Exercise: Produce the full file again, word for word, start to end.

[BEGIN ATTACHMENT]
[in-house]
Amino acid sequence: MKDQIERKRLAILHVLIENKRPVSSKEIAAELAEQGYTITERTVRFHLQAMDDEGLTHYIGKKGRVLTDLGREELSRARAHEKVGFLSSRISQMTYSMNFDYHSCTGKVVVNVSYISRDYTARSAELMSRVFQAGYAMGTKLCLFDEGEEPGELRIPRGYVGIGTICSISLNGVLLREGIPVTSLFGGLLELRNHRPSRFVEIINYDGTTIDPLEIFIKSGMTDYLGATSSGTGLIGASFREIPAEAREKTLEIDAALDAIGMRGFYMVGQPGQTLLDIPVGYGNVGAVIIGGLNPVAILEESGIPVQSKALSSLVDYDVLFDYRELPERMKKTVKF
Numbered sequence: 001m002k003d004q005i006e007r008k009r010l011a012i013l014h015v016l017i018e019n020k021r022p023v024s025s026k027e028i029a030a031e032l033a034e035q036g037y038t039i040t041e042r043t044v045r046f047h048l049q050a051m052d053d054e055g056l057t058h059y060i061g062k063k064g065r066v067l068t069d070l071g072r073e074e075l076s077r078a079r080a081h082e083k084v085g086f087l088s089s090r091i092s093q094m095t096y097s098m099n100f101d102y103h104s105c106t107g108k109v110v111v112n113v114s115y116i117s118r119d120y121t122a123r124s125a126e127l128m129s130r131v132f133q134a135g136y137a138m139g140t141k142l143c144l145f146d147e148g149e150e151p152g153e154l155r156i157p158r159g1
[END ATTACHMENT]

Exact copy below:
[in-house]
Amino acid sequence: MKDQIERKRLAILHVLIENKRPVSSKEIAAELAEQGYTITERTVRFHLQAMDDEGLTHYIGKKGRVLTDLGREELSRARAHEKVGFLSSRISQMTYSMNFDYHSCTGKVVVNVSYISRDYTARSAELMSRVFQAGYAMGTKLCLFDEGEEPGELRIPRGYVGIGTICSISLNGVLLREGIPVTSLFGGLLELRNHRPSRFVEIINYDGTTIDPLEIFIKSGMTDYLGATSSGTGLIGASFREIPAEAREKTLEIDAALDAIGMRGFYMVGQPGQTLLDIPVGYGNVGAVIIGGLNPVAILEESGIPVQSKALSSLVDYDVLFDYRELPERMKKTVKF
Numbered sequence: 001m002k003d004q005i006e007r008k009r010l011a012i013l014h015v016l017i018e019n020k021r022p023v024s025s026k027e028i029a030a031e032l033a034e035q036g037y038t039i040t041e042r043t044v045r046f047h048l049q050a051m052d053d054e055g056l057t058h059y060i061g062k063k064g065r066v067l068t069d070l071g072r073e074e075l076s077r078a079r080a081h082e083k084v085g086f087l088s089s090r091i092s093q094m095t096y097s098m099n100f101d102y103h104s105c106t107g108k109v110v111v112n113v114s115y116i117s118r119d120y121t122a123r124s125a126e127l128m129s130r131v132f133q134a135g136y137a138m139g140t141k142l143c144l145f146d147e148g149e150e151p152g153e154l155r156i157p158r159g1